Photo: Courtesy of Weiss Watch Company.
It’s simply not enough for something to be made in the USA to earn Barneys’ much sought-after stamp of approval. Whether it’s a delicate lace dress or handsome duffel, blazing shade of lipstick or pair of distressed dungarees, a BNY-worthy creation must be made with quality materials and care, and conceived by someone with a distinct point of view. But Cameron Weiss and his newly launched Weiss Watch Company fit the bill.
His rugged-meets-refined timepieces are manufactured by hand in Los Angeles, using American-made parts and all the know-how Weiss picked up while training in Switzerland. Get to know Cameron and his watches a little better through our interview below—as we have a feeling that Weiss is a name that’s here to stay.
The Window: When did you know you wanted to be a watchmaker?
Cameron Weiss: As a child, I always wore a watch and requested them as gifts. When they would break, I would tinker with them to see if I could get them running again. One day, I went out and purchased a watch for my brother’s college graduation gift. The salesmen spent time telling me me about watchmakers who built the watch I was purchasing, and at that moment I realized that I could become a certified watchmaker rather than just a watch hobbyist. I did some thorough research and decided to apply to a Swiss-style watchmaking school.
Not many people have the experience of graduating from a prestigious watchmaking school. What was that like?
Attending watchmaking school was an incredible experience. I learned the details of assembly and repair from two master watchmakers. Thanks to our small class size, school felt more like an apprenticeship. I spent 40 hours each week learning each step of watchmaking and developing my skill set.
Was traveling in Switzerland ever part of the learning process?
Training and traveling throughout Switzerland definitely expanded my depth of knowledge. It allowed for training access with some of the best master watchmakers in the world. They even trusted me to work on complications that we do not traditionally repair here in America.
What sets your company apart from the established Swiss-made watch brands?
What sets Weiss Watch Company apart from more established, Swiss-made brands is that we are able to utilize the advanced technology that is available in Los Angeles to help us manufacture our watches in a different way. We’re honoring tradition, but taking a more modern approach. And of course, we’re the only American watchmaker currently manufacturing cases and dials in the United States.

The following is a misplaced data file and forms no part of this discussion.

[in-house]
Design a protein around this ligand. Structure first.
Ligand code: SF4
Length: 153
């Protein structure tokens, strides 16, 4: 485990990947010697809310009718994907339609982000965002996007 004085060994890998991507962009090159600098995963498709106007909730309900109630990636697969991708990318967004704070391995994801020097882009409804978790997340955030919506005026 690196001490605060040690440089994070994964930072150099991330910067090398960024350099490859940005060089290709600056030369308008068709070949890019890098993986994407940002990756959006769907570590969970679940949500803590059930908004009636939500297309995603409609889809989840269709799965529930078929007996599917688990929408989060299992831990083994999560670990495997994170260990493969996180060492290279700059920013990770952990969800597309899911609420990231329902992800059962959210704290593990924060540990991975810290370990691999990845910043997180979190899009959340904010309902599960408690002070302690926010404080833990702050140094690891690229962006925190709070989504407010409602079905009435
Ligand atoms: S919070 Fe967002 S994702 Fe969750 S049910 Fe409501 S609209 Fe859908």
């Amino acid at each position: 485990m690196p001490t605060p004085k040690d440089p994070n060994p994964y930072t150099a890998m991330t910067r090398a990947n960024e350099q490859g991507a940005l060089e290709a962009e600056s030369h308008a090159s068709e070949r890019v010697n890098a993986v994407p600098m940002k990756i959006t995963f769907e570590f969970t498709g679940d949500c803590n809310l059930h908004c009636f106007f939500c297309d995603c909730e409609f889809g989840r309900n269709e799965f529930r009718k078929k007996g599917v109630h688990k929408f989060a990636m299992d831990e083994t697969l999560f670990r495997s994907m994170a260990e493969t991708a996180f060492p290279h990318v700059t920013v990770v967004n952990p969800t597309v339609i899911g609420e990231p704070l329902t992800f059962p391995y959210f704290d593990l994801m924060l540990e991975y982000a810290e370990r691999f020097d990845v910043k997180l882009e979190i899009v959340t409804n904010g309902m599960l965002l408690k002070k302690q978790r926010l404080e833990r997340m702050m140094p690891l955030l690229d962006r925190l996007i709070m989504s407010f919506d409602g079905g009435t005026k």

Tell us about who has mentored you.
One of my mentors is Xavier Nolot, currently the president of one of my former employers. Through observing his management style, I learned how I would like to run my business and the importance of customer service.
How many people work on a watch from start to finish?
I design, manufacture, engineer, and oversee every aspect of making our timepiece. We’re also very busy building a watch manufacturing sector in Los Angeles, which never existed before. Now we’re working with new local partners that are outside the typical watch manufacturing sector. It’s been an amazing experience developing a local support network.
What are some of the challenges in engineering and designing the final product?
To create a Weiss watch, we had to create a way to engineer each timepiece entirely from scratch. No one in Los Angeles was producing any watch components until now, so I am extremely proud to place “Los Angeles, CA” on the dial and say that most of our components are manufactured here.
Do you have a favorite style?
My favorite style is the Special Issue Field Watch with the latte-colored dial and leather strap because of its timeless aesthetic. You can wear it with a suit or to go surfing.
What will the wearer of a Weiss watch love most about wearing it?
A Weiss watch is a mechanical timepiece that is built to last. It looks amazing from the front, but the sapphire crystal case-back is a private pleasure, allowing you to see and listen to the mechanics and artistry behind your watch every morning when you put in on. There’s an entire world inside our mechanical timepieces.